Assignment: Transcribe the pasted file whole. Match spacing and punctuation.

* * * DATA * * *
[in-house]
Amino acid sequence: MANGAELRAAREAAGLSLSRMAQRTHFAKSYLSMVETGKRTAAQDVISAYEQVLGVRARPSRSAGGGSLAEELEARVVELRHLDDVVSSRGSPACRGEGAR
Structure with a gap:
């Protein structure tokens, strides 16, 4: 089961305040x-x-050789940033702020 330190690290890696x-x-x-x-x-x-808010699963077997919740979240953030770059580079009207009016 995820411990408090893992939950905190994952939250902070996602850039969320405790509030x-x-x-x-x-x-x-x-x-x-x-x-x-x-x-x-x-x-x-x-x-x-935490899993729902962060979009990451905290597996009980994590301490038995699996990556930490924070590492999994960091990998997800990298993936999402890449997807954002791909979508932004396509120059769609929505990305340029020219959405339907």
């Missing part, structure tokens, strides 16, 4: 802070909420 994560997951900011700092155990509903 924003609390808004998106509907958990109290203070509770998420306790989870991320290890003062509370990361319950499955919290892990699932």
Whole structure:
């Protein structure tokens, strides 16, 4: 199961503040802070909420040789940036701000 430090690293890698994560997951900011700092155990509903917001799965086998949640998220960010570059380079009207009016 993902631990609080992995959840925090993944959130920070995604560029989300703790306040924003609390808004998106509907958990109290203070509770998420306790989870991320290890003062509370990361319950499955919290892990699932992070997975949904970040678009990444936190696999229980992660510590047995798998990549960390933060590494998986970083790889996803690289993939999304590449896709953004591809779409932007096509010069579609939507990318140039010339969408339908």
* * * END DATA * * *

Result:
[in-house]
Amino acid sequence: MANGAELRAAREAAGLSLSRMAQRTHFAKSYLSMVETGKRTAAQDVISAYEQVLGVRARPSRSAGGGSLAEELEARVVELRHLDDVVSSRGSPACRGEGAR
Structure with a gap:
């Protein structure tokens, strides 16, 4: 089961305040x-x-050789940033702020 330190690290890696x-x-x-x-x-x-808010699963077997919740979240953030770059580079009207009016 995820411990408090893992939950905190994952939250902070996602850039969320405790509030x-x-x-x-x-x-x-x-x-x-x-x-x-x-x-x-x-x-x-x-x-x-935490899993729902962060979009990451905290597996009980994590301490038995699996990556930490924070590492999994960091990998997800990298993936999402890449997807954002791909979508932004396509120059769609929505990305340029020219959405339907």
């Missing part, structure tokens, strides 16, 4: 802070909420 994560997951900011700092155990509903 924003609390808004998106509907958990109290203070509770998420306790989870991320290890003062509370990361319950499955919290892990699932």
Whole structure:
């Protein structure tokens, strides 16, 4: 199961503040802070909420040789940036701000 430090690293890698994560997951900011700092155990509903917001799965086998949640998220960010570059380079009207009016 993902631990609080992995959840925090993944959130920070995604560029989300703790306040924003609390808004998106509907958990109290203070509770998420306790989870991320290890003062509370990361319950499955919290892990699932992070997975949904970040678009990444936190696999229980992660510590047995798998990549960390933060590494998986970083790889996803690289993939999304590449896709953004591809779409932007096509010069579609939507990318140039010339969408339908």